From the beginning of my Spanish journey I have had a terrible habit. Actually, I didn’t even know it was a bad habit until someone pointed it out to me. This bad habit has had a major hindrance on my ability to learn and understand Spanish grammar. I was memorizing lots of vocabulary, conjugating verbs correctly and my pronunciation had improved tremendously; but, there was still one big problem. I could not stop thinking in English! Let me give you an example of what my brain wants to do: The new house was painted blue and received new shutters.  My bad habit wants to me translate that as: La nueva casa fue pintó azul y recibió nuevas persianas. Of course, this is not correct, but my brain sure wants it to be. Probably because it’s easier that way, my brain has to do less work if we simply put the adjectives in front of the verbs, and mi cerebro (my brain) can be rather lazy at times, we’re working on that!

For the first 15 years of my life I knew nothing but English grammar. When I made the decision to begin learning Spanish I was a blank slate. Well, more than a blank slate, I was a brand new slate that hadn’t been taken out of the box yet! I knew nothing of Spanish grammar and had put no thought into the differences there might be between English and Spanish. Looking back now, I don’t think I thought there would be differences. My young, naïve mind just assumed we would learn lots of new words and we would swap out the English works for the Spanish ones. It was going to be a piece of cake! Ah, aha, how wrong I was!

Naturally, anyone starting to learn Spanish is going to think in his or her native language. The important thing is to slowly transition your thoughts into the new language so there is less confusion, especially when it comes to grammar. Let me take you back to when I first learned of my bad habit. I was talking to an older classmate, who had done incredibly well in all of her Spanish classes. She was helping me with some homework and after I had made numerous mistakes, she stopped and looked at me, “Amanda, stop thinking in English! You must think in Spanish when you are speaking Spanish.” For some reason, I remember this moment so vividly. Think in Spanish.

This was a turning point for me, and one that I think about often. For many American learners, the English language is all we have known from the beginning and it can be difficult for us to let go after so many years.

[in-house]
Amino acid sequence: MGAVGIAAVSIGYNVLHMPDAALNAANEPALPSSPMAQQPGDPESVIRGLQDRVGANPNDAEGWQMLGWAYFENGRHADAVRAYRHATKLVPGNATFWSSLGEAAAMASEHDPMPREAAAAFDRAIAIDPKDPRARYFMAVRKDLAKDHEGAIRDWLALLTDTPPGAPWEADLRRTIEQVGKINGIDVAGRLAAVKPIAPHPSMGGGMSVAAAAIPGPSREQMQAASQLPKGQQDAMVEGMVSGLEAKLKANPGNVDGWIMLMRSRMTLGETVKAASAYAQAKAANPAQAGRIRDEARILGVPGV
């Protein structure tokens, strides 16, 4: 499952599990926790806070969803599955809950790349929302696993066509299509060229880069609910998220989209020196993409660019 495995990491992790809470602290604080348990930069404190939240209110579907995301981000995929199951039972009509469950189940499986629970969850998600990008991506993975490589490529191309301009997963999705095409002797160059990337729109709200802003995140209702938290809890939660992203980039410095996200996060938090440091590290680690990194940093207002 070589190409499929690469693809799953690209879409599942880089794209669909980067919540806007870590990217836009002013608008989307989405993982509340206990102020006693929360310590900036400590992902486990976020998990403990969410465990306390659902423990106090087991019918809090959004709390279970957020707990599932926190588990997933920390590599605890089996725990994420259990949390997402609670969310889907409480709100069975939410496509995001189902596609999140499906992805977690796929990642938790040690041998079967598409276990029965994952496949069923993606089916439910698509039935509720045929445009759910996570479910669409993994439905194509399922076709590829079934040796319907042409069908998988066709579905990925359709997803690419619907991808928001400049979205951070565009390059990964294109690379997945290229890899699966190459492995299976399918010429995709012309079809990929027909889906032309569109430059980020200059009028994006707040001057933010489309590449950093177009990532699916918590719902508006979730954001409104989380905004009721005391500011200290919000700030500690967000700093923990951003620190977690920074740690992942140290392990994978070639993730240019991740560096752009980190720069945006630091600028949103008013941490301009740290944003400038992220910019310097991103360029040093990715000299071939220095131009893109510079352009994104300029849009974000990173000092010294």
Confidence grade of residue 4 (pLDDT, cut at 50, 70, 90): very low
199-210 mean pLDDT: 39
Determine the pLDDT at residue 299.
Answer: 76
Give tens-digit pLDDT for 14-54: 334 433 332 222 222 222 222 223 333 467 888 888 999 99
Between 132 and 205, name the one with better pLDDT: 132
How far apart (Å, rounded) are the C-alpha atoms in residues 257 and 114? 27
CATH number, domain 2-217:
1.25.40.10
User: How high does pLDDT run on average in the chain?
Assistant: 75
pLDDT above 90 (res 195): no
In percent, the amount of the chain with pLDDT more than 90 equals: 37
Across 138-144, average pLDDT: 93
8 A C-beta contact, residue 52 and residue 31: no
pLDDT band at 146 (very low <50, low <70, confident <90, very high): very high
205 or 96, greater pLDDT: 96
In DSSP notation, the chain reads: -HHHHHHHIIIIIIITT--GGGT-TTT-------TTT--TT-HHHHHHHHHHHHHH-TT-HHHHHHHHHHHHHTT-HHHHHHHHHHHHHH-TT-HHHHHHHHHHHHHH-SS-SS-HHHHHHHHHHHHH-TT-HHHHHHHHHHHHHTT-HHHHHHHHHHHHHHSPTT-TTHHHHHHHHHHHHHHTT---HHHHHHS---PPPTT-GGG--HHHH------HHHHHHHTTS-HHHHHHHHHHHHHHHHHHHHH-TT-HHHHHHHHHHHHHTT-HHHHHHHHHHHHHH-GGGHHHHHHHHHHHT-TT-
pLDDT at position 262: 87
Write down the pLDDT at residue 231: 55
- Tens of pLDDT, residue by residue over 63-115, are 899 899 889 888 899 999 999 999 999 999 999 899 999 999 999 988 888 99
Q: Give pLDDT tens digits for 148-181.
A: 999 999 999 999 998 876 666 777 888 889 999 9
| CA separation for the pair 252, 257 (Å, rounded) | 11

We are comfortable here, it makes sense to put the adjective before the verb, we want to continue to do this, it’s natural! However, if we want to be a part of the beautiful world of Spanish, we have to let all of that go. We have to drudge through a world of discomfort, embarrassment and vulnerability in order to a part of the colorful, fast and rhythmic world of Spanish! I think we can all agree, vale la pena!

As time went on and I learned more about Spanish grammar, I began to learn more about English grammar as well. Geoffrey Willans, an English author and journalist, once said, “You can never understand one language until you understand at least two.” I love this! His statement has become my reality. The more I learned about Spanish the more I learned about English and began to have a greater appreciation for both. This is when my real passion for language began, once I began to understand that learning a language is so much more than just speaking differently, it is the door into a whole new world, a new culture, new traditions and customs; the list of opportunities and experiences than become available to us as we learn a new language are endless. Understanding this window of opportunity helped me to release my grip on the rules of the English language and welcome the chaos that is my Spanish. “One language sets you in a corridor for life.  Two languages open every door along the way.”‒Frank Smith

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